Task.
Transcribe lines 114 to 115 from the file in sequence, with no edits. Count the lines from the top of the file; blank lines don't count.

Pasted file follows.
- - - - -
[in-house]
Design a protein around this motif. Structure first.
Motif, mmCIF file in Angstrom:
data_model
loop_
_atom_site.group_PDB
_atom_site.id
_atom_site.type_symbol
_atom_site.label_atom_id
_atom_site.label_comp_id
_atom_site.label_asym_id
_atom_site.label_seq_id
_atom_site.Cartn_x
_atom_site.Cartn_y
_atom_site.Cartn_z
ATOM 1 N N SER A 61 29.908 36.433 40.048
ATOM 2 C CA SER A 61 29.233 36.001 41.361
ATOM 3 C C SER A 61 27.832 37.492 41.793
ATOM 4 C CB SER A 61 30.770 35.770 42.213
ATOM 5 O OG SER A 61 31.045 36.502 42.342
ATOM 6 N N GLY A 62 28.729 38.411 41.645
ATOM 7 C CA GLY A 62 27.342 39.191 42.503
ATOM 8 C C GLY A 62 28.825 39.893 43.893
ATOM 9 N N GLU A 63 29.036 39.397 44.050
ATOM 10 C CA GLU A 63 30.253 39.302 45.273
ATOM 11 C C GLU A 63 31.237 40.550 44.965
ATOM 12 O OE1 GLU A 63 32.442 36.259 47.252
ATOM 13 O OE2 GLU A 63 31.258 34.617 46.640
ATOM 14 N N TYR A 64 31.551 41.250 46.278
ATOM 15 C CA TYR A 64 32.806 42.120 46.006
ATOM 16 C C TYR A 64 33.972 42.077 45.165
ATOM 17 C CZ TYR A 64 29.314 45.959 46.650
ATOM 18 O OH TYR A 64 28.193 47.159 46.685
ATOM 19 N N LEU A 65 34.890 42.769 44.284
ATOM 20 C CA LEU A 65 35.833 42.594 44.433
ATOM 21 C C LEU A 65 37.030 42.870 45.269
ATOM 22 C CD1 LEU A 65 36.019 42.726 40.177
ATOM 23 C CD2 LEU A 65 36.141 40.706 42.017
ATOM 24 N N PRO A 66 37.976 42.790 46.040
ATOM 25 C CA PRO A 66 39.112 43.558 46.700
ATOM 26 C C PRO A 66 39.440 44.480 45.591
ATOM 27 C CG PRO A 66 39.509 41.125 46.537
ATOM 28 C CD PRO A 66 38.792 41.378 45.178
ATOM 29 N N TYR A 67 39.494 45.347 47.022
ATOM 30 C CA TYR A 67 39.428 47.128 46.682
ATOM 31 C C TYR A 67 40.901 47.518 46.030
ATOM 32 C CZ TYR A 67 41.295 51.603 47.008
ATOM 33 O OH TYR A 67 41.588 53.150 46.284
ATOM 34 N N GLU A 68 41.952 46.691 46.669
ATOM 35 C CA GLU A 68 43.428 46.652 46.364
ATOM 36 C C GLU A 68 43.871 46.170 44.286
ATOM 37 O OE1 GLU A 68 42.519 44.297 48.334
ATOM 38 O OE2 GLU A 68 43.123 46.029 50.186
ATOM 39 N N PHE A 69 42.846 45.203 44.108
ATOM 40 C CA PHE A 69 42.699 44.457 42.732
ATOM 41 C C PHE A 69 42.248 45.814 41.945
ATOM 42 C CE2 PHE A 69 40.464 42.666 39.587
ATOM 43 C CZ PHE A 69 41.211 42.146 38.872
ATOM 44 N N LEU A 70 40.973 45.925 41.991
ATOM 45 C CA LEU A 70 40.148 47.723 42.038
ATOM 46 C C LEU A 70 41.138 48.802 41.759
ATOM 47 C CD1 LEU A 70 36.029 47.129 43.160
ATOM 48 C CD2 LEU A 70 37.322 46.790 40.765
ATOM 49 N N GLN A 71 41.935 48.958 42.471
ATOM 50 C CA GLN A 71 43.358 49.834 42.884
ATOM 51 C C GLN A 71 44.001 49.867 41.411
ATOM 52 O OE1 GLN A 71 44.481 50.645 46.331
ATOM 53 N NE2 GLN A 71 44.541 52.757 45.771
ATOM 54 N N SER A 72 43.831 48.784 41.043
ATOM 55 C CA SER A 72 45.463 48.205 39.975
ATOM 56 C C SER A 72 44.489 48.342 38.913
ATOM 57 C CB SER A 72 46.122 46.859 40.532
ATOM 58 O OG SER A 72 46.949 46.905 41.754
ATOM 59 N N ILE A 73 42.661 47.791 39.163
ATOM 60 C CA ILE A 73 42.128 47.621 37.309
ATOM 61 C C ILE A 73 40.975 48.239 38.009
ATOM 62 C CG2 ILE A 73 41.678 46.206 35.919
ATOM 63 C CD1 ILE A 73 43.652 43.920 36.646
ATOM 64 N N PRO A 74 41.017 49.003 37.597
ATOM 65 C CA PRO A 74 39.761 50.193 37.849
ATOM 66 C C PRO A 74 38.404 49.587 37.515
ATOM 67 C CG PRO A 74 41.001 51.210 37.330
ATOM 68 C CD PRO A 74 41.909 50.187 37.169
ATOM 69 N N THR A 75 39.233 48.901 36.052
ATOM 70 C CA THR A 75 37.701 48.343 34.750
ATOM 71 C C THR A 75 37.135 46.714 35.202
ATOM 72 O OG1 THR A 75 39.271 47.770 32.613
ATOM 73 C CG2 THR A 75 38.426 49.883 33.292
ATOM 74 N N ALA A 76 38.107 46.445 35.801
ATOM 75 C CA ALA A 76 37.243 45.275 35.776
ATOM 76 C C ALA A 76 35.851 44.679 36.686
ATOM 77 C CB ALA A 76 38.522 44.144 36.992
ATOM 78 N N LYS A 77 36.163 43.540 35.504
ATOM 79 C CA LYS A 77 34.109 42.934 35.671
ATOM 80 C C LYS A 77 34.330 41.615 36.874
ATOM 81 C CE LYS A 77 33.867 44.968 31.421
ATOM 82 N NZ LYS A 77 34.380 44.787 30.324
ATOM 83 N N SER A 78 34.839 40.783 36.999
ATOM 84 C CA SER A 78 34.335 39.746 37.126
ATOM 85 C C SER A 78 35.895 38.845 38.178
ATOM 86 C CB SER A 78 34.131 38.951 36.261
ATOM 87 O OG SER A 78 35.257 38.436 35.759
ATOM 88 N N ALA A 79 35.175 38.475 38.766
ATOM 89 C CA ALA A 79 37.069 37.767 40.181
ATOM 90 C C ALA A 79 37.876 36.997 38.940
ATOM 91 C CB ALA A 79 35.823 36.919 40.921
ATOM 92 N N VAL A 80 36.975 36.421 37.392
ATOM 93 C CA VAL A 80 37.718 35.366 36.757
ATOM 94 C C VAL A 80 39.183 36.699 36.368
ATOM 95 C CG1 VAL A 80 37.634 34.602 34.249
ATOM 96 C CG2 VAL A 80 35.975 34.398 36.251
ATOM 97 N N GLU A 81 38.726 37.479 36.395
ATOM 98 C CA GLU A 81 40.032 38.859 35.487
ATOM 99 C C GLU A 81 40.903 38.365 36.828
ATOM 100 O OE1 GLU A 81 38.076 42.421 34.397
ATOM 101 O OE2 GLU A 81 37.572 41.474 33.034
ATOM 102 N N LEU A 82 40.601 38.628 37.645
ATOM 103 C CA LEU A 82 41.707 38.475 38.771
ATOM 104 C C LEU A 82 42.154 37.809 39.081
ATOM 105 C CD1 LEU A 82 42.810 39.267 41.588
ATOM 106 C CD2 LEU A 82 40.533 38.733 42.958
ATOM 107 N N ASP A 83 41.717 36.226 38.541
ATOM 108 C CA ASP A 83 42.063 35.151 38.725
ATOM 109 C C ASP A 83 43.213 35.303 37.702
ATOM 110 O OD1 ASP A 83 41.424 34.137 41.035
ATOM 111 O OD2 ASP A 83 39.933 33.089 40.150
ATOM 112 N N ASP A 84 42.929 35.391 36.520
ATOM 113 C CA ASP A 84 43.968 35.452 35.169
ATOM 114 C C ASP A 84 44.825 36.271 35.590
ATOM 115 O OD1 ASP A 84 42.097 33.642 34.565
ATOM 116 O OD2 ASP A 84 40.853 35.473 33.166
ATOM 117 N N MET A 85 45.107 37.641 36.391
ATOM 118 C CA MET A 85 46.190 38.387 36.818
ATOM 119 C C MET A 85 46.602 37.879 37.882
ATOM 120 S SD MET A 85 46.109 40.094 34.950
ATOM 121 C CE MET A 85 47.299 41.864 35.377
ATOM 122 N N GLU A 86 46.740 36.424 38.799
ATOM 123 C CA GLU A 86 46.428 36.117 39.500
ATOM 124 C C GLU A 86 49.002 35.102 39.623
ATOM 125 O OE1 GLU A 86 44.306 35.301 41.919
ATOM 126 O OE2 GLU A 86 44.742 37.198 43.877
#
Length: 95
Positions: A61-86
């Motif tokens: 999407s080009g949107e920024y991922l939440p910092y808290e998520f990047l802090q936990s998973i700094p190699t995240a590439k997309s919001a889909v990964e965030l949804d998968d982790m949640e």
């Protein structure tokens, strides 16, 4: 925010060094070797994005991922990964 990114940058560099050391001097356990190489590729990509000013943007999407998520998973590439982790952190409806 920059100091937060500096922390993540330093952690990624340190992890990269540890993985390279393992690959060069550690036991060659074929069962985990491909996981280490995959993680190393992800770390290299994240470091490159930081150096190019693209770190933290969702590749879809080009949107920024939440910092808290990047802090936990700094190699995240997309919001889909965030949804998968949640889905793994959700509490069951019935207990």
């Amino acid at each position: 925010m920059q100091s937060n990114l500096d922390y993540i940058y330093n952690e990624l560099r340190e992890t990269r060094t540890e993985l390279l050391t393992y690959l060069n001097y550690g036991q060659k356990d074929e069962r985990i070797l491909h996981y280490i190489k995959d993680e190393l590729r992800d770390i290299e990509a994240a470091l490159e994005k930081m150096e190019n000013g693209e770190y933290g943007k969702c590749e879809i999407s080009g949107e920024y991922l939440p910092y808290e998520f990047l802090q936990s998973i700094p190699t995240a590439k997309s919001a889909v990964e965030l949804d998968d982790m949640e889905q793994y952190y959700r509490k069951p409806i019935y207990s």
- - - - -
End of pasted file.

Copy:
ATOM 99 C C GLU A 81 40.903 38.365 36.828
ATOM 100 O OE1 GLU A 81 38.076 42.421 34.397